Tuesday, December 19, 2017

CrossTown by Loren Cooper

Loren W Cooper

Genre: Fantasy/SF

Publisher: Red Hen Books

Date of Publication: Nov 14, 2017

ISBN: 978-1939096029

Number of pages: 340
Word Count: 95000

Cover Artist: Red Hen Staff Artist

Tagline: CrossTown is the crossroads of possibility.

Book Description:

Zethus is a sorcerer―a self-described spiritual thug for hire. He makes his living in CrossTown, a place where the manyworld hypothesis of modern physics manifests itself, where possibilities and probabilities overlap.

Caught up in a web of intrigue as he investigates the death of his master, Corvinus, and pursued by agents that want to erase all knowledge of Corvinus’ work, Zethus discovers that the key to his master’s murder lies in the last project he had pursued before his death. The roots of this project lie deep in the past, at the origin of CrossTown’s fractured reality.

Once he understands the stakes, Zethus must make the dangerous journey to the cradle of history. The price he must pay to find the answers he seeks will threaten everything he holds dear―including his own humanity.

“Beware the road outside your front door, for it is all at once old friend and passing stranger.” –CrossTown

“A sorcerer explores the frontier of theoretical physics.” Publisher’s Weekly

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Roads and
streets run like veins and arteries through the beating heart of CrossTown.  Each runs through all manner of distant and
not-so-distant possibilities.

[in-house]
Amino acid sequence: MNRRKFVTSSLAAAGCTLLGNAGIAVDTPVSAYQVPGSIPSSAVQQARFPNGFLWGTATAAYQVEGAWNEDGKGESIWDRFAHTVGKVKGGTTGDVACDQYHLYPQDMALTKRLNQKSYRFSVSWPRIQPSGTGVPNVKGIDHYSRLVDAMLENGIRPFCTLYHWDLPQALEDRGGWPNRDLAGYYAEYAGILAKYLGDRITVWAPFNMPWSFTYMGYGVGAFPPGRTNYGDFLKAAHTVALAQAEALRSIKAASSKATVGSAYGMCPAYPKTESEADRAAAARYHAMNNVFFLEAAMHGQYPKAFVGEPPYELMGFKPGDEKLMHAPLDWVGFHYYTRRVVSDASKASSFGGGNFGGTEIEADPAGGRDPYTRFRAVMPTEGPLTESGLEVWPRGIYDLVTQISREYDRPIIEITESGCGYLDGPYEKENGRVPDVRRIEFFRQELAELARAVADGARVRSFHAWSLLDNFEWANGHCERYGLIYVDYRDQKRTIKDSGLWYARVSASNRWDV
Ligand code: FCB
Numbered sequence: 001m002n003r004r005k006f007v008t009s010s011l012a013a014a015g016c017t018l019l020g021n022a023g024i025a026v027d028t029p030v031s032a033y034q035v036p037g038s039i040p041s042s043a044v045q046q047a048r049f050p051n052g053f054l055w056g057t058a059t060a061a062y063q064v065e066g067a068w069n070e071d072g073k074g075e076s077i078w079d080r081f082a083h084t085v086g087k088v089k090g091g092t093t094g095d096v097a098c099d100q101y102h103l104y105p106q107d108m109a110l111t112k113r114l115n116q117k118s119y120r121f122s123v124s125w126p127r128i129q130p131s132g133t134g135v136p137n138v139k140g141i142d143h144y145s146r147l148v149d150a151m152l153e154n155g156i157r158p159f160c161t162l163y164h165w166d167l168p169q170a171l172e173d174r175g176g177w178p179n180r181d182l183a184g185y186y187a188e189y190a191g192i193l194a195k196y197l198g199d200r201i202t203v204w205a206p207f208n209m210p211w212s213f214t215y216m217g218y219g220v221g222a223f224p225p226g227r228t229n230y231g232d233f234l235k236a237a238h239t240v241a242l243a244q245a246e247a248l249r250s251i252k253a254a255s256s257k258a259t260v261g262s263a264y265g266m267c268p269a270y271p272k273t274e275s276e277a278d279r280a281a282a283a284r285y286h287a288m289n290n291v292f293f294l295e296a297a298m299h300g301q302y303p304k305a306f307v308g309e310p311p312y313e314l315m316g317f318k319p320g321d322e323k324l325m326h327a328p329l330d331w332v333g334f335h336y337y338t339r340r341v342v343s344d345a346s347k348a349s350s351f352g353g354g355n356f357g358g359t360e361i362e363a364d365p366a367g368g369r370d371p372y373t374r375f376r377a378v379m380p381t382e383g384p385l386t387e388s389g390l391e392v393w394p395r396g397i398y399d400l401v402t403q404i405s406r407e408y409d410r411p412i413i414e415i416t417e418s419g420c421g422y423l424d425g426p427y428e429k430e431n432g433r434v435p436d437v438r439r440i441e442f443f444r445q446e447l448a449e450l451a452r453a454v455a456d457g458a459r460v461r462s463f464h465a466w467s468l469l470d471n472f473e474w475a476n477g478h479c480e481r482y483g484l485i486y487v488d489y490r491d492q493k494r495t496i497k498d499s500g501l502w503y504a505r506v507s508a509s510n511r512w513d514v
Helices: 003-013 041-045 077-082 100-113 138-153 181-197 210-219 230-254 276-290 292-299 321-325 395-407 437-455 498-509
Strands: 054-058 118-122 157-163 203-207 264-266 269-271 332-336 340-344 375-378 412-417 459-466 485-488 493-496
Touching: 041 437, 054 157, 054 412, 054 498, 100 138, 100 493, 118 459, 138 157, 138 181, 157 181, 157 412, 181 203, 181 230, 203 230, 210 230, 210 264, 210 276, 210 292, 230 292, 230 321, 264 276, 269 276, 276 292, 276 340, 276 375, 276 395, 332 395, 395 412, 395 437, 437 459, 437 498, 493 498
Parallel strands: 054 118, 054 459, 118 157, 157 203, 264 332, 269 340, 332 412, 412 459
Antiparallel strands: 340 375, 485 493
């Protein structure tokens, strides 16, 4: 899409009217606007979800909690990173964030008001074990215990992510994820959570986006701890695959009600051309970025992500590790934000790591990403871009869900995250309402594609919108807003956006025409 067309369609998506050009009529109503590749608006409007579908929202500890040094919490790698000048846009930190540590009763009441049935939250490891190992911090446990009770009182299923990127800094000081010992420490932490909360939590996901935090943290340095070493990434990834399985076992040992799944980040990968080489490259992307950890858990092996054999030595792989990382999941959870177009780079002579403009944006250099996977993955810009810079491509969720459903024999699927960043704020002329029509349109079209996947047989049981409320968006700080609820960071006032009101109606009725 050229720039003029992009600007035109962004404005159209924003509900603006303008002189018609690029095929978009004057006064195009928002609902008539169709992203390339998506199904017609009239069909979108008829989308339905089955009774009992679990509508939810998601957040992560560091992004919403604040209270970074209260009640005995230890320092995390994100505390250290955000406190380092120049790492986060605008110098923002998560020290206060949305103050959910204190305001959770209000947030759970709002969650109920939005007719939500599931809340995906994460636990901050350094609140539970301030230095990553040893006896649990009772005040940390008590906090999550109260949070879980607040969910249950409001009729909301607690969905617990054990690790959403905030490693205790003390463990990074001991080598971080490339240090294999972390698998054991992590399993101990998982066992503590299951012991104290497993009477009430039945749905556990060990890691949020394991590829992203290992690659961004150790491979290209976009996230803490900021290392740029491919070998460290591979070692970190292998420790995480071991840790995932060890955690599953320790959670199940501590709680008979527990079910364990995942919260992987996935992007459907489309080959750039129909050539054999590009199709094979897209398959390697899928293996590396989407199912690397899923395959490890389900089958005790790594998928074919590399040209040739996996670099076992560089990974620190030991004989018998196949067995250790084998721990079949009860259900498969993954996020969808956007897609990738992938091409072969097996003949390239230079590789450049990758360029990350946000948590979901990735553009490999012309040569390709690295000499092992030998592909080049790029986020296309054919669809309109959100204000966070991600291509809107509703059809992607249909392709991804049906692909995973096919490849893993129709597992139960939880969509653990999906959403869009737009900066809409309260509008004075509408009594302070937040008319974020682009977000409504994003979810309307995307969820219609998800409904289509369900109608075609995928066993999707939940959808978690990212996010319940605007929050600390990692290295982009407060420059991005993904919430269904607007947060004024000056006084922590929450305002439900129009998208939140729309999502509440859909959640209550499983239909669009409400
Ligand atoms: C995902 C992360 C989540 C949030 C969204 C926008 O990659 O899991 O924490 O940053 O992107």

There's a theory in modern physics
that posits a universe for every decision we make.  Each time we choose, right or left, high or
low, vanilla or chocolate, we split into separate universes.  A vanilla me here, a chocolate me there, a
rocky road with pistachio me somewhere else, and some poor lactose intolerant
me further down the line.  The dominant
me is my subjective reality.  In
CrossTown, the probable mes collapse into the dominant wave, but all those
wandering Ways continually wash other alternate lives, lives meant to be lived
in CrossTown, up on its jagged shores.
The names of
roads are choices; the turning and branching of roads are choices; roads are physical
manifestations of their builders’ decisions…
every place and every time where man or something like him has lived, roads run
into one another, branch, disappear here and reappear over there as if they
were quantum tunneling.  They run, meet, part,
cross again, and form a bewildering Mandelbrot set of linked probabilities.
            Beware the road outside your front
door, for it is both old friend and passing stranger.
            All those choices, all hooked
together, comprise a vast sea of possibility.
A knowledgeable traveler can ride the currents in that sea to unimagined

            CrossTown is the crossroads of

About the Author:

Loren W Cooper is the author of four novels, one short story collection and one nonfiction work. He has won the NESFA in 1998 and the EPPIE for Best Anthology in 2001. He is married with two daughters. He currently lives in Cedar Rapids Iowa. Favorite authors include Zelazny, Hammet, Steakley, and Catton. Loren Currently works for Hewlett-Packard.

Interview with Loren Cooper
Where do you get inspiration for your stories?